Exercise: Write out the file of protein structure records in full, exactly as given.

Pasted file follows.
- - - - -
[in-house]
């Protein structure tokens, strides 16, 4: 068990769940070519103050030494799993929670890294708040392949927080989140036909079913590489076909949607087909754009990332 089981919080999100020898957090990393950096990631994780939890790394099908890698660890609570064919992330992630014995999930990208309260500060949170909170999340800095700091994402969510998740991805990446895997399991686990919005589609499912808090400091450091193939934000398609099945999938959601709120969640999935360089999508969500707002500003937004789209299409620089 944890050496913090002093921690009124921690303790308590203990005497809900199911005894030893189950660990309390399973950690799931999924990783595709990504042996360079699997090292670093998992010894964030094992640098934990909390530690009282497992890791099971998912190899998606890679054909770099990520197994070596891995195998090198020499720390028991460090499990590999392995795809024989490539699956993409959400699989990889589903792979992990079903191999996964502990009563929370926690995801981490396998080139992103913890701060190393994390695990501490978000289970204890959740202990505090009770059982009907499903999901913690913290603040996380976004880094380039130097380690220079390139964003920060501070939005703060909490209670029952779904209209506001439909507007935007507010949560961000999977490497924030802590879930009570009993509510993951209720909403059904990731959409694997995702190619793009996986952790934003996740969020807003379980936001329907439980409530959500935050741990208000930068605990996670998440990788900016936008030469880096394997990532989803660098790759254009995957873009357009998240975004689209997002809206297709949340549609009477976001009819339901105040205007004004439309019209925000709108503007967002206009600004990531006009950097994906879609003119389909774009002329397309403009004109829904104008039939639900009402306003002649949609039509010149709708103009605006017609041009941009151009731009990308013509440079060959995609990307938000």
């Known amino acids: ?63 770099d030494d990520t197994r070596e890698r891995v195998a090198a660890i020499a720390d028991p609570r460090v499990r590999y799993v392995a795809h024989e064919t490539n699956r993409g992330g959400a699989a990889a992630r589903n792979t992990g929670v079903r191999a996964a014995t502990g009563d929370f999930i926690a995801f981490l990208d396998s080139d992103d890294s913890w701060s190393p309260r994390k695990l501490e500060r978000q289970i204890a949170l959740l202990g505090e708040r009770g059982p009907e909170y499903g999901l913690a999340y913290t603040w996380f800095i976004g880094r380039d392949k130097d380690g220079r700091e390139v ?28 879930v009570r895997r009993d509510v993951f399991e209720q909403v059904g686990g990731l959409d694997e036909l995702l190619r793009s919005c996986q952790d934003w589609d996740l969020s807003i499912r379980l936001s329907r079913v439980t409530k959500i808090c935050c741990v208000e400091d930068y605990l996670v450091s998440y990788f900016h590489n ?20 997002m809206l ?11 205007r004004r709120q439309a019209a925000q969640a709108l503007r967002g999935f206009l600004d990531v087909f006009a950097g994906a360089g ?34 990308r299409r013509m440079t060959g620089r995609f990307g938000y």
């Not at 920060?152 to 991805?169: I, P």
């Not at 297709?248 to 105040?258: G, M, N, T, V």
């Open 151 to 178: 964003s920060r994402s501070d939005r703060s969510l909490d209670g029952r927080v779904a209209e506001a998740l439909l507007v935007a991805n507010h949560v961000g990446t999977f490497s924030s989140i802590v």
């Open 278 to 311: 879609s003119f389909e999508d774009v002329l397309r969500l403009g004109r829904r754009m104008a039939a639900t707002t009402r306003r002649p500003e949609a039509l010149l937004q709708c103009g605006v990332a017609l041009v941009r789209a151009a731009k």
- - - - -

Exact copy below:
[in-house]
């Protein structure tokens, strides 16, 4: 068990769940070519103050030494799993929670890294708040392949927080989140036909079913590489076909949607087909754009990332 089981919080999100020898957090990393950096990631994780939890790394099908890698660890609570064919992330992630014995999930990208309260500060949170909170999340800095700091994402969510998740991805990446895997399991686990919005589609499912808090400091450091193939934000398609099945999938959601709120969640999935360089999508969500707002500003937004789209299409620089 944890050496913090002093921690009124921690303790308590203990005497809900199911005894030893189950660990309390399973950690799931999924990783595709990504042996360079699997090292670093998992010894964030094992640098934990909390530690009282497992890791099971998912190899998606890679054909770099990520197994070596891995195998090198020499720390028991460090499990590999392995795809024989490539699956993409959400699989990889589903792979992990079903191999996964502990009563929370926690995801981490396998080139992103913890701060190393994390695990501490978000289970204890959740202990505090009770059982009907499903999901913690913290603040996380976004880094380039130097380690220079390139964003920060501070939005703060909490209670029952779904209209506001439909507007935007507010949560961000999977490497924030802590879930009570009993509510993951209720909403059904990731959409694997995702190619793009996986952790934003996740969020807003379980936001329907439980409530959500935050741990208000930068605990996670998440990788900016936008030469880096394997990532989803660098790759254009995957873009357009998240975004689209997002809206297709949340549609009477976001009819339901105040205007004004439309019209925000709108503007967002206009600004990531006009950097994906879609003119389909774009002329397309403009004109829904104008039939639900009402306003002649949609039509010149709708103009605006017609041009941009151009731009990308013509440079060959995609990307938000």
């Known amino acids: ?63 770099d030494d990520t197994r070596e890698r891995v195998a090198a660890i020499a720390d028991p609570r460090v499990r590999y799993v392995a795809h024989e064919t490539n699956r993409g992330g959400a699989a990889a992630r589903n792979t992990g929670v079903r191999a996964a014995t502990g009563d929370f999930i926690a995801f981490l990208d396998s080139d992103d890294s913890w701060s190393p309260r994390k695990l501490e500060r978000q289970i204890a949170l959740l202990g505090e708040r009770g059982p009907e909170y499903g999901l913690a999340y913290t603040w996380f800095i976004g880094r380039d392949k130097d380690g220079r700091e390139v ?28 879930v009570r895997r009993d509510v993951f399991e209720q909403v059904g686990g990731l959409d694997e036909l995702l190619r793009s919005c996986q952790d934003w589609d996740l969020s807003i499912r379980l936001s329907r079913v439980t409530k959500i808090c935050c741990v208000e400091d930068y605990l996670v450091s998440y990788f900016h590489n ?20 997002m809206l ?11 205007r004004r709120q439309a019209a925000q969640a709108l503007r967002g999935f206009l600004d990531v087909f006009a950097g994906a360089g ?34 990308r299409r013509m440079t060959g620089r995609f990307g938000y």
């Not at 920060?152 to 991805?169: I, P």
């Not at 297709?248 to 105040?258: G, M, N, T, V």
């Open 151 to 178: 964003s920060r994402s501070d939005r703060s969510l909490d209670g029952r927080v779904a209209e506001a998740l439909l507007v935007a991805n507010h949560v961000g990446t999977f490497s924030s989140i802590v």
């Open 278 to 311: 879609s003119f389909e999508d774009v002329l397309r969500l403009g004109r829904r754009m104008a039939a639900t707002t009402r306003r002649p500003e949609a039509l010149l937004q709708c103009g605006v990332a017609l041009v941009r789209a151009a731009k």